A former Facebook employee named Sophie Zhang has written a 6,600 word memo outlining the frequent inauthentic behavior she saw on the site in support of politicians around the world. According to Zhang, she worked for three years on the Facebook Site Integrity fake engagement team. In practice that meant that she often had to decide what to do about coordinated activity that was obviously set up to bolster various politicians. She claims she was usually left to decide on her own which efforts to influence elections were pulled down and which were left alone. It got to the point where a manager she worked with suggested she was a “part-time dictator.”
With no oversight whatsoever, I was left in a situation where I was trusted with immense influence in my spare time,” she wrote. “A manager on Strategic Response mused to myself that most of the world outside the West was effectively the Wild West with myself as the part-time dictator – he meant the statement as a compliment, but it illustrated the immense pressures upon me.”
A former Facebook engineer who knew her told BuzzFeed News that Zhang was skilled at discovering fake account networks on the platform.
“She’s the only person in this entire field at Facebook that I ever trusted to be earnest about this work,” said the engineer, who had seen a copy of Zhang’s post, and asked not to be named because they no longer work at the company.
Buzzfeed, publishers of the Steele Dossier, have chosen not to publish the full memo because it contains personal information, but they offered a summary of some of the things Zhang alleges in it:
- It took Facebook’s leaders nine months to act on a coordinated campaign “that used thousands of inauthentic assets to boost President Juan Orlando Hernandez of Honduras on a massive scale to mislead the Honduran people.” Two weeks after Facebook took action against the perpetrators in July, they returned, leading to a game of “whack-a-mole” between Zhang and the operatives behind the fake accounts, which are still active.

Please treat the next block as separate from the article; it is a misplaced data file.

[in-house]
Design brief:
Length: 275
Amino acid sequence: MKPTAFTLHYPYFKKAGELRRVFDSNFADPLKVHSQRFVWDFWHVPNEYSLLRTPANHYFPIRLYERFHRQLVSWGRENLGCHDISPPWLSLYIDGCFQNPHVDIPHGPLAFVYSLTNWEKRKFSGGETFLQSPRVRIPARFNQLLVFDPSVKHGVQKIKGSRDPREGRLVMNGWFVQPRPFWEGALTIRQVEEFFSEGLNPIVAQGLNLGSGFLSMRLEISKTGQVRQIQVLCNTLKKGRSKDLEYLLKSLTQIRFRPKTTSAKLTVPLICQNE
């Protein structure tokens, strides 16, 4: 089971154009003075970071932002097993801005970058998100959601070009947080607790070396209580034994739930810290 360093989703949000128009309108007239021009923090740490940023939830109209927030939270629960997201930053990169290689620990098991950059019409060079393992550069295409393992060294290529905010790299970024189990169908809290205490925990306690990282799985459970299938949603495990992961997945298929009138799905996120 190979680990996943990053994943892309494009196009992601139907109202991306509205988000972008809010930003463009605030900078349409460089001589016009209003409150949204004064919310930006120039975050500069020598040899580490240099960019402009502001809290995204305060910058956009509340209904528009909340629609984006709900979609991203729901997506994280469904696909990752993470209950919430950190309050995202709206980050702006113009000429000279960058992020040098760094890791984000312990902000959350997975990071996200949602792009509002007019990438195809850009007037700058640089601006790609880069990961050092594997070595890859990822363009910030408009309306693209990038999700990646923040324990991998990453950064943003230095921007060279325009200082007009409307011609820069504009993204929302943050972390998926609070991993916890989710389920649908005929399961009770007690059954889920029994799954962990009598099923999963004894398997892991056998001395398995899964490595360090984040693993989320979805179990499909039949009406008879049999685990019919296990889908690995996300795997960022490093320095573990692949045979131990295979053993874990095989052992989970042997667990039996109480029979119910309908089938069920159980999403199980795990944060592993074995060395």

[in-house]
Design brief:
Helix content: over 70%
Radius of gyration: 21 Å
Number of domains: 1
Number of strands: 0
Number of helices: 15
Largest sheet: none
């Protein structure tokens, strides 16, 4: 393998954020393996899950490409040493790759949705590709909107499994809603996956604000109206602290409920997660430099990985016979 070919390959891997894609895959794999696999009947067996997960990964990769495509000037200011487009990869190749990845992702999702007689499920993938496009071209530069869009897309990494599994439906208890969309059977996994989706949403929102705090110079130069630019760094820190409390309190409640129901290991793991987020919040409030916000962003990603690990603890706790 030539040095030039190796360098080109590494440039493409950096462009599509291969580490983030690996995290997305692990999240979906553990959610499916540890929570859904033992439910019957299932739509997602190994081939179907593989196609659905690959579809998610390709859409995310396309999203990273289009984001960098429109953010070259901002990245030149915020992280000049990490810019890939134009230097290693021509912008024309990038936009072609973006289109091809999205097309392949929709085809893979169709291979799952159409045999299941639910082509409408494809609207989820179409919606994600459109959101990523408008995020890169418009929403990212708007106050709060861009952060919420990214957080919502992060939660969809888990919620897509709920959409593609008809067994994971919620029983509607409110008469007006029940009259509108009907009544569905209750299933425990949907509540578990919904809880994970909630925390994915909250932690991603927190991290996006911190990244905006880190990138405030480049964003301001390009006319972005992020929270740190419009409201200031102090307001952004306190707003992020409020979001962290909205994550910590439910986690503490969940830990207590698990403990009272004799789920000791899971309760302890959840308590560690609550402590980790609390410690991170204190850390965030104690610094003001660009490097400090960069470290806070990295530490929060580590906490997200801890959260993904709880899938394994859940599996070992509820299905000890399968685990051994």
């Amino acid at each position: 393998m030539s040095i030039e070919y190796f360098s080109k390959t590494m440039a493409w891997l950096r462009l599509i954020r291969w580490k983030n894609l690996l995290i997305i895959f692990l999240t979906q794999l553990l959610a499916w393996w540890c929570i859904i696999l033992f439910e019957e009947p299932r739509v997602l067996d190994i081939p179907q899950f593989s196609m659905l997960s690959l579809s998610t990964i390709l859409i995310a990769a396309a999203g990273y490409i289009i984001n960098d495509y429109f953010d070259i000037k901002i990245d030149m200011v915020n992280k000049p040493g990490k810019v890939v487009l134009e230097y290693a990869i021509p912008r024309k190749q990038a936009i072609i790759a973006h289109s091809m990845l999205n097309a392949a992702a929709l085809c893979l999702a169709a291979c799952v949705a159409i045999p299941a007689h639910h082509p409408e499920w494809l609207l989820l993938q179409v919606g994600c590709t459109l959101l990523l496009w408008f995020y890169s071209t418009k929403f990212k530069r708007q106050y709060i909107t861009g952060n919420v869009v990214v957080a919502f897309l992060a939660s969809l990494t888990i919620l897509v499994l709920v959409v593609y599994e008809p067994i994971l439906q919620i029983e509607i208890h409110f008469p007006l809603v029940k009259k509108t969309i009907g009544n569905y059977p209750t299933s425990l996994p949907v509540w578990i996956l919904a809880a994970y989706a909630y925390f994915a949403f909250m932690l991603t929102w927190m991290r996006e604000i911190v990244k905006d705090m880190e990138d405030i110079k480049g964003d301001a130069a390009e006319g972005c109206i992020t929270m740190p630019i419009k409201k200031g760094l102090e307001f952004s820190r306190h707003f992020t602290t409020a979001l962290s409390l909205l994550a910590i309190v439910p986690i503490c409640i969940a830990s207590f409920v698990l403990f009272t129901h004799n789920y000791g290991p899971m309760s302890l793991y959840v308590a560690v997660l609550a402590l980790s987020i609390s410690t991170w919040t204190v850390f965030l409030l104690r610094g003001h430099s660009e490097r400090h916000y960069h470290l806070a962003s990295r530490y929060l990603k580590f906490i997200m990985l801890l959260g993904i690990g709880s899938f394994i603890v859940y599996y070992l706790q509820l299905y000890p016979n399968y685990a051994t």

- In Azerbaijan, Zhang discovered the ruling political party “utilized thousands of inauthentic assets… to harass the opposition en masse.” Facebook began looking into the issue a year after Zhang reported it. The investigation is ongoing.
- Zhang and her colleagues removed “10.5 million fake reactions and fans from high-profile politicians in Brazil and the US in the 2018 elections.”
That’s just a sample but the claim she’s making is that the company has its employees focusing on the largest offenders which in practice means that they spend most of their time dealing with the Facebook equivalent of spam. Because the political operations are smaller they often don’t get the same attention.
Zhang was fired this month and posted the memo on her last day. So I guess you could make a pretty good case she’s a disgruntled employee. However, Zhang apparently isn’t alleging there was any bad intent by Facebook:
In another part of her memo, Zhang said she wanted to push back on the idea that Facebook was run by malicious people hoping to achieve a particular outcome. That was not the case, she wrote, attributing actions to “slapdash and haphazard accidents.”
So it’s not a case of Facebook being intentionally doing something wrong, more a case of bad actors taking advantage of the opportunity Facebook creates to mislead people. Frankly, I’m not sure there’s any way to unring that bell. Facebook exists and if it ceased to exist tomorrow some similar company would step into that space to provide the same service. We’re always going to have bad people looking to abuse their power by trying to deceive people via the media. We already have a lot of misleading TV ads out there doing the same thing. In short, this problem isn’t going away. I guess we can decide it’s Facebook’s problem to solve but asking a social media company to solve the problem of bad people with bad intent seems a bit hopeless to me.